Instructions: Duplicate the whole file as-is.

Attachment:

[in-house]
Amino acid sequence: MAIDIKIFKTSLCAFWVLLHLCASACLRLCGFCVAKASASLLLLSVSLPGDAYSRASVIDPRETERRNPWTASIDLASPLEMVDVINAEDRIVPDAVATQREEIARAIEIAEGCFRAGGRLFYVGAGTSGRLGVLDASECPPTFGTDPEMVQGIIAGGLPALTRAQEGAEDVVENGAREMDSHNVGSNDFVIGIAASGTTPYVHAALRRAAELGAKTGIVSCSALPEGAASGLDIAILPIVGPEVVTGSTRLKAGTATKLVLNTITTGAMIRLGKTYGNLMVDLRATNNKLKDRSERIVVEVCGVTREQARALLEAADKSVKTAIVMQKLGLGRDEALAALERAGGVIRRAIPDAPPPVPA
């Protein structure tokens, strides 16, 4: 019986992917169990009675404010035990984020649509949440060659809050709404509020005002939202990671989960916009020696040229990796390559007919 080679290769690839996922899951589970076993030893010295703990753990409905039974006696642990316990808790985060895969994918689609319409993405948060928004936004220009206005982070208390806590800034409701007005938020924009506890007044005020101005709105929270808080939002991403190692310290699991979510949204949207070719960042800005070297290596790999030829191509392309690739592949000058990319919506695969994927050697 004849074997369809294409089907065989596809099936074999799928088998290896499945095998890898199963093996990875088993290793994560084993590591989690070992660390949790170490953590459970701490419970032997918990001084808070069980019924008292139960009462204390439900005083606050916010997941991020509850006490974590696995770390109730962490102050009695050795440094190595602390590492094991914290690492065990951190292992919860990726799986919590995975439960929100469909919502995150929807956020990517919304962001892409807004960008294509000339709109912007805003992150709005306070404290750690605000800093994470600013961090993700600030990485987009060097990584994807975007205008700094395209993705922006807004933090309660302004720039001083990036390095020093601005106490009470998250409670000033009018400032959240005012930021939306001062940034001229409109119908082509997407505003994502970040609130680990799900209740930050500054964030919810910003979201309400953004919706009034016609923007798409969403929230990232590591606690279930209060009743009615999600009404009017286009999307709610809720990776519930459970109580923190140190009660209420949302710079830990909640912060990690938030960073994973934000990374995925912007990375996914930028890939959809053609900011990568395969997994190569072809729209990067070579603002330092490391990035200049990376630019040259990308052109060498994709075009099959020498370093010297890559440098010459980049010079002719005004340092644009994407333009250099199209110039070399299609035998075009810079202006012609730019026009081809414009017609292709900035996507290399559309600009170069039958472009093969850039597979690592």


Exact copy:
[in-house]
Amino acid sequence: MAIDIKIFKTSLCAFWVLLHLCASACLRLCGFCVAKASASLLLLSVSLPGDAYSRASVIDPRETERRNPWTASIDLASPLEMVDVINAEDRIVPDAVATQREEIARAIEIAEGCFRAGGRLFYVGAGTSGRLGVLDASECPPTFGTDPEMVQGIIAGGLPALTRAQEGAEDVVENGAREMDSHNVGSNDFVIGIAASGTTPYVHAALRRAAELGAKTGIVSCSALPEGAASGLDIAILPIVGPEVVTGSTRLKAGTATKLVLNTITTGAMIRLGKTYGNLMVDLRATNNKLKDRSERIVVEVCGVTREQARALLEAADKSVKTAIVMQKLGLGRDEALAALERAGGVIRRAIPDAPPPVPA
């Protein structure tokens, strides 16, 4: 019986992917169990009675404010035990984020649509949440060659809050709404509020005002939202990671989960916009020696040229990796390559007919 080679290769690839996922899951589970076993030893010295703990753990409905039974006696642990316990808790985060895969994918689609319409993405948060928004936004220009206005982070208390806590800034409701007005938020924009506890007044005020101005709105929270808080939002991403190692310290699991979510949204949207070719960042800005070297290596790999030829191509392309690739592949000058990319919506695969994927050697 004849074997369809294409089907065989596809099936074999799928088998290896499945095998890898199963093996990875088993290793994560084993590591989690070992660390949790170490953590459970701490419970032997918990001084808070069980019924008292139960009462204390439900005083606050916010997941991020509850006490974590696995770390109730962490102050009695050795440094190595602390590492094991914290690492065990951190292992919860990726799986919590995975439960929100469909919502995150929807956020990517919304962001892409807004960008294509000339709109912007805003992150709005306070404290750690605000800093994470600013961090993700600030990485987009060097990584994807975007205008700094395209993705922006807004933090309660302004720039001083990036390095020093601005106490009470998250409670000033009018400032959240005012930021939306001062940034001229409109119908082509997407505003994502970040609130680990799900209740930050500054964030919810910003979201309400953004919706009034016609923007798409969403929230990232590591606690279930209060009743009615999600009404009017286009999307709610809720990776519930459970109580923190140190009660209420949302710079830990909640912060990690938030960073994973934000990374995925912007990375996914930028890939959809053609900011990568395969997994190569072809729209990067070579603002330092490391990035200049990376630019040259990308052109060498994709075009099959020498370093010297890559440098010459980049010079002719005004340092644009994407333009250099199209110039070399299609035998075009810079202006012609730019026009081809414009017609292709900035996507290399559309600009170069039958472009093969850039597979690592």